Part One: Gender - Fact: girls outperform boys. We may never agree on whether this is down to nature or nurture, but isn't it time we found some classroom solutions, asks Adi Bloom?
There is one point on which everyone agrees: it all starts in the womb. On everything else, opinion is divided as to why boys and girls perform differently in school.
There are the evolutionary biologists, who claim that gender difference is innate. It is genetic and hormonal, established before a child is even born. To them, boys are natural risk-takers, who prefer hands-on activities to hard work, while girls are naturally obedient, applying themselves diligently, if unadventurously, to any given task.
And then there are the social scientists, who insist that gender difference is a social construct. Like the evolutionary biologists, they believe that the pattern may be established before birth. But for them, this is societal: one need look no further than the mothers-to-be who talk to their girl bump one way and their boy bump another way.
The issue of boys' inability to match girls' academic performance is an emotive one. Newspapers talk of "victims" and "lost boys". Debates on the subject can too easily descend into mutual recrimination, one side speaking of the "feminisation of the curriculum", while the other insists this is only a problem if one assumes that boys should be the higher performers.
But the facts are less one-sided than the headlines indicate. In the 2007 key stage 3 tests, for instance, not much separated the sexes in maths and science. More boys than girls reached level 4 in science (78 per cent, compared with 76 per cent), while there was barely any difference in the maths results (87 per cent of boys reached level 4, compared with 88 per cent of girls).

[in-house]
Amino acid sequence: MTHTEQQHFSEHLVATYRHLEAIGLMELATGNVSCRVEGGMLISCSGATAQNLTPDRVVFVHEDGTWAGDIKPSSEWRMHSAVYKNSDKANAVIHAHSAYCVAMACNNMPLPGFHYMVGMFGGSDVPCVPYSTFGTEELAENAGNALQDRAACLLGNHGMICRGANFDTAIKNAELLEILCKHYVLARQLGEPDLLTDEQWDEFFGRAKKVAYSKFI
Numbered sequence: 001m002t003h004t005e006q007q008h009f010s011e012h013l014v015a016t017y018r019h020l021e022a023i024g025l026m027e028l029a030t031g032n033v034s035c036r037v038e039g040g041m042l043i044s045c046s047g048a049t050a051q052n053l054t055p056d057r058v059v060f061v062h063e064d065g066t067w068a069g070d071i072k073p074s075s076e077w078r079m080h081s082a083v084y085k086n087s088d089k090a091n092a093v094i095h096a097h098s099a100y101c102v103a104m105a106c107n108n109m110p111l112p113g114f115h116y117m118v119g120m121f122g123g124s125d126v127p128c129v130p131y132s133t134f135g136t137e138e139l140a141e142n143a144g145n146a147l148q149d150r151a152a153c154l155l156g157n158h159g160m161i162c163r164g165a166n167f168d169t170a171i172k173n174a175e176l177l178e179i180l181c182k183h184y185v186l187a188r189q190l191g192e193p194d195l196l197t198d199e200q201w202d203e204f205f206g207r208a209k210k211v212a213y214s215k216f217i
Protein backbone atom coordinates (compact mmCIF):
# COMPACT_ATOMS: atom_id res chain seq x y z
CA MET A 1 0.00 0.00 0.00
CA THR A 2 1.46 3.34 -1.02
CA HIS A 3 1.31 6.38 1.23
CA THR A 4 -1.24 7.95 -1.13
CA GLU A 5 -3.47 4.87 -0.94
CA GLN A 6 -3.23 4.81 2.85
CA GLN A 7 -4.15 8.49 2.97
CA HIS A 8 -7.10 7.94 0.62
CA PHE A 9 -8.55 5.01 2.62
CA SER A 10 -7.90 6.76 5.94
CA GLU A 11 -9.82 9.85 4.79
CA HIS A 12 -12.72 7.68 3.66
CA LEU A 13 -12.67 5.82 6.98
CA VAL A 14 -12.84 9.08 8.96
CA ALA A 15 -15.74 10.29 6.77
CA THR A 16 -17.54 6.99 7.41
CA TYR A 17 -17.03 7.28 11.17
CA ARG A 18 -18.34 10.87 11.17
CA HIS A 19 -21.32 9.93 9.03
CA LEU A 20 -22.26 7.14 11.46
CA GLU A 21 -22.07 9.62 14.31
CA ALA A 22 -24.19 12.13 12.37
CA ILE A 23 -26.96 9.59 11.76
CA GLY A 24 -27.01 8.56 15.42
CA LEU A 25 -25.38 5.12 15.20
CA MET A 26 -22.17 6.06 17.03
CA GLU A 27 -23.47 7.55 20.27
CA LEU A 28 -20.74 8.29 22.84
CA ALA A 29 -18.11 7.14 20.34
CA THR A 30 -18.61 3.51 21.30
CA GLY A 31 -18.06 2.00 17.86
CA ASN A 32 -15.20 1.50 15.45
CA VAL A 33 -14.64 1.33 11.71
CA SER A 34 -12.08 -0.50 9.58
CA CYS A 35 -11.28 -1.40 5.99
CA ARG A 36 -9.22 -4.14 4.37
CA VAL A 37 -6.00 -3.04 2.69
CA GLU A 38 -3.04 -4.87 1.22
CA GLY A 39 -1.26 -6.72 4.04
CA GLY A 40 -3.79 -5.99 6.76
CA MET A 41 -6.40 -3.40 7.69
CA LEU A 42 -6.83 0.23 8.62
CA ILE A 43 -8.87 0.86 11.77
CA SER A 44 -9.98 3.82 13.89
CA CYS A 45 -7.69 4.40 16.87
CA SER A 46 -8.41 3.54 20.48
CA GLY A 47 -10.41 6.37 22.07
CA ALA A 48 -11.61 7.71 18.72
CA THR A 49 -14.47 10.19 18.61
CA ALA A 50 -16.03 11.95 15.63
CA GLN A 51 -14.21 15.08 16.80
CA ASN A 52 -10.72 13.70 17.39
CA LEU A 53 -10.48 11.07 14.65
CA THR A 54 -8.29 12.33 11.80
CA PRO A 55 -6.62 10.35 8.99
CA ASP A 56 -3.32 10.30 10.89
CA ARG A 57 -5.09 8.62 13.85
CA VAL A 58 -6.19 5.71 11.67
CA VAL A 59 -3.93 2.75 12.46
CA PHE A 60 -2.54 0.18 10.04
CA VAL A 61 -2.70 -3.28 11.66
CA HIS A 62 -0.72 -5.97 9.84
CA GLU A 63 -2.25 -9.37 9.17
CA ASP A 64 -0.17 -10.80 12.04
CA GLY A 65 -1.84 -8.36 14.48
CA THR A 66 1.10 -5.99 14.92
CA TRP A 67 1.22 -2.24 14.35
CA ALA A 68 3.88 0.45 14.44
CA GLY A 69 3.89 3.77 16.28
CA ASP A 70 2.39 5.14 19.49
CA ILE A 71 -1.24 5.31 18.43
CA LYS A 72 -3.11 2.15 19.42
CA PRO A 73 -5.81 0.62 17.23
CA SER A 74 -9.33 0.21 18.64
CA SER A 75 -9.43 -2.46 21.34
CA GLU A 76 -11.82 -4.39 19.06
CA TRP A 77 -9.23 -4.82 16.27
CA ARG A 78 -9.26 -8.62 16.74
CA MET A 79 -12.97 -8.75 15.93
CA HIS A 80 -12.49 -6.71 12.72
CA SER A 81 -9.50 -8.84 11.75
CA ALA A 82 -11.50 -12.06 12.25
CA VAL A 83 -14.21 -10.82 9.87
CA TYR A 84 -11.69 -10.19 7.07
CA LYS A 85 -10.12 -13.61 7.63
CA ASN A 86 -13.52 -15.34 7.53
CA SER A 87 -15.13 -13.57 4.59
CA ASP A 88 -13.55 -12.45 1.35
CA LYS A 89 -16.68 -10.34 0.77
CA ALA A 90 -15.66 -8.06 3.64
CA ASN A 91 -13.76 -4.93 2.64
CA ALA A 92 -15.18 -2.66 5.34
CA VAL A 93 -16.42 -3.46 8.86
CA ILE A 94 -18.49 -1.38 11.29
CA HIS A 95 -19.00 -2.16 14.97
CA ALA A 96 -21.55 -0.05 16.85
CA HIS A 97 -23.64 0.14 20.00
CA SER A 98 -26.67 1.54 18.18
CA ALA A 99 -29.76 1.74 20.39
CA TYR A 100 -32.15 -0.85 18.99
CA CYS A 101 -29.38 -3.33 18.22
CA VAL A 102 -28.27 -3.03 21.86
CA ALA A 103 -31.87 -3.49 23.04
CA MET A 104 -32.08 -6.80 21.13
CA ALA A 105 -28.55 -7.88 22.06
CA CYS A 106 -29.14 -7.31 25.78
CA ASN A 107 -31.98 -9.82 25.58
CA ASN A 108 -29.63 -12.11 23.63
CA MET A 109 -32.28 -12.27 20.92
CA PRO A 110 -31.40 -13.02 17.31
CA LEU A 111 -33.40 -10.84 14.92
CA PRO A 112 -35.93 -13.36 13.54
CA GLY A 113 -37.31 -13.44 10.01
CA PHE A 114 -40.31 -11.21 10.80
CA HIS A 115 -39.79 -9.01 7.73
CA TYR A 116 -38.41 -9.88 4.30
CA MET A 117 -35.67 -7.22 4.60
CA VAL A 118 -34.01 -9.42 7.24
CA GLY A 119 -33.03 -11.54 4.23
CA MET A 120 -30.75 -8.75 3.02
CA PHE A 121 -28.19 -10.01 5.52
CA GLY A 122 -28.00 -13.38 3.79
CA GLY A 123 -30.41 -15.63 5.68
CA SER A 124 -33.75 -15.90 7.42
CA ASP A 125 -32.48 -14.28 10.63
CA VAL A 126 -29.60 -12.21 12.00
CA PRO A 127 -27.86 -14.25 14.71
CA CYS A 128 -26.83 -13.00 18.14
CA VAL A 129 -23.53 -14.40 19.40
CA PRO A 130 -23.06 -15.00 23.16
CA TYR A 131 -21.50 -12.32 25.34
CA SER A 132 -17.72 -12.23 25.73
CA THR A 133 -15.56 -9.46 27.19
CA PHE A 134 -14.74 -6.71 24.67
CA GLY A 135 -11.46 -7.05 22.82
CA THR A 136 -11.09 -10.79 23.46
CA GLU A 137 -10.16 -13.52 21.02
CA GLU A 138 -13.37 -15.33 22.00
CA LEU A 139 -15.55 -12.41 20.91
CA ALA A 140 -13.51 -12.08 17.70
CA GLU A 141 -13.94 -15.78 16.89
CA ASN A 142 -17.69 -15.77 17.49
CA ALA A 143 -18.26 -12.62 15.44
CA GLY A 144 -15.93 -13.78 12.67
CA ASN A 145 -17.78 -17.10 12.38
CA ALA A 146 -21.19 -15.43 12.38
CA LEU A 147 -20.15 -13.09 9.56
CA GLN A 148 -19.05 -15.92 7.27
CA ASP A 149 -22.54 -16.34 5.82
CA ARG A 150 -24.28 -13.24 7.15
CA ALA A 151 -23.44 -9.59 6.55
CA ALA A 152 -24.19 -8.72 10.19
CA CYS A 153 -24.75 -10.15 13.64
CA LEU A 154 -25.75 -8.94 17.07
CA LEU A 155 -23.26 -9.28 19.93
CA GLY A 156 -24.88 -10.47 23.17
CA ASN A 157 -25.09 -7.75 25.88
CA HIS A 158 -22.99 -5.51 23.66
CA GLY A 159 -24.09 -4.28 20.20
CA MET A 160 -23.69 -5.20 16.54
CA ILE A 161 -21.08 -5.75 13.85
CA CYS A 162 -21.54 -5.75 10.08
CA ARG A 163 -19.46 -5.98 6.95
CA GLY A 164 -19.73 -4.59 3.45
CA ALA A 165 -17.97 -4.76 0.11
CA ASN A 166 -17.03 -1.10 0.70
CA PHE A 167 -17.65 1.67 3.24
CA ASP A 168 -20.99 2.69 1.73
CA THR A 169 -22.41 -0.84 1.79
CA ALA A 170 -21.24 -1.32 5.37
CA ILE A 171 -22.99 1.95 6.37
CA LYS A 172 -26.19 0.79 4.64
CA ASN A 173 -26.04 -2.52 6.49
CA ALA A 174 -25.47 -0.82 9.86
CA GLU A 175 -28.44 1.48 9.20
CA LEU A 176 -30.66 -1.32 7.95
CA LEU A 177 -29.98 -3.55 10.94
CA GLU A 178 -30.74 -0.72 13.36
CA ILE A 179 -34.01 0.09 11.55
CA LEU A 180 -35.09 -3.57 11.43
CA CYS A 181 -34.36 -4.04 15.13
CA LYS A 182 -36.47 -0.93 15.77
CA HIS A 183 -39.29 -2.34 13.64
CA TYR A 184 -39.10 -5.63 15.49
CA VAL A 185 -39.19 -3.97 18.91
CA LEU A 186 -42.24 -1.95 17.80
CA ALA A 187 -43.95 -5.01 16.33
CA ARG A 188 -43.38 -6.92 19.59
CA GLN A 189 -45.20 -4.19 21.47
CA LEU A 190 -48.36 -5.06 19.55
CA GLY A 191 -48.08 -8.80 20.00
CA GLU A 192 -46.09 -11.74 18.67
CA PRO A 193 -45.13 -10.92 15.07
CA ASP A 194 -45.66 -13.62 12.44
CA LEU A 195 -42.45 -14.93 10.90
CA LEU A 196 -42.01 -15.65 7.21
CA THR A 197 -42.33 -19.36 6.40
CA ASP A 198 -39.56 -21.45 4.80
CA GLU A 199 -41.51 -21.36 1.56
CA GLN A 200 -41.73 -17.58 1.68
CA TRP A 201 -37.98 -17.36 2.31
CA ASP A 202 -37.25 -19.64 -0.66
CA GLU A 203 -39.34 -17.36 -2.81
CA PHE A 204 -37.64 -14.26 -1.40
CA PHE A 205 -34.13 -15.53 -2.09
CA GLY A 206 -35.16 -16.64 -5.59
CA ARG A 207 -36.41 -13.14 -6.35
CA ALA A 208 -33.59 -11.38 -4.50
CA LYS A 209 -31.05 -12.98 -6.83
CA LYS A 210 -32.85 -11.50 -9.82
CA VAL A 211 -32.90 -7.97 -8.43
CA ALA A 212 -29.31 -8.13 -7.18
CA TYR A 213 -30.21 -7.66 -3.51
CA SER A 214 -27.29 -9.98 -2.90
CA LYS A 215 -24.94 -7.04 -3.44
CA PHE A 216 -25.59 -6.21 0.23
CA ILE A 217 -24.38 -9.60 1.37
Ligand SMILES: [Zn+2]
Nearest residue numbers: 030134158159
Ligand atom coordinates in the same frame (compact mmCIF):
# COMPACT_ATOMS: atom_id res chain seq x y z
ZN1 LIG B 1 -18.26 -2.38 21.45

This trend persists into secondary school: the proportion of boys and girls reaching level 5 at key stage 3 was almost identical - there was only a one per cent difference in both science and maths.
But in English, the difference is marked. At key stage 3, the proportion of girls reaching level 5 was 80 per cent; only 67 per cent of boys reached it. And at key stage 2, 85 per cent of girls reached level 4, compared to 76 per cent of boys.
Many attribute this to fundamental differences between the sexes. Susan Pinker, psychologist and author of The Sexual Paradox, points out that boys are much more likely to have attention-deficit or verbal disorders than girls.
Evolutionary theory suggests that women's prehistoric responsibility for organising childcare among groups has led females to evolve with better verbal skills. Neurologists have found that the male hormone testosterone has an adverse impact on language skills.
"You see the impact of testosterone in shaping neurological architecture," Dr Pinker says. "The higher the level of testosterone excreted during the second trimester of pregnancy, for boys and girls, the less social the child will be, the less they will make eye contact and the more slowly language develops."
This biological advantage is then compounded by experience. Sue Palmer, a literacy consultant whose book 21st-Century Boys will be published next year, believes that school exacerbates innate strengths and weaknesses.
"In general, boys need a firmer hand and more consideration of their needs and interests than girls," she says. "Girls are not good risk-takers, but they tend to be more suited to the school environment."
As a result, the gap between boys' and girls' achievement broadens consistently throughout their education. In the days of the 11-plus, grammar school heads had to reject high-achieving girls to maintain a male-female balance. Many prestigious US universities, which only admitted women late last century, now have a 40:60 male-female divide. At GCSE, the difference between the numbers of boys and girls scoring five good grades can be as large as 10 percentage points.
"You tend to do the things you're good at because it gives you rewards," says Dr Pinker. "And whatever you're learning from your practice builds up your neural networks. Environment works together with predisposition."
Others, however, argue that the differences in boys' and girls' achievement is all nurture: inherent nature plays no role at all.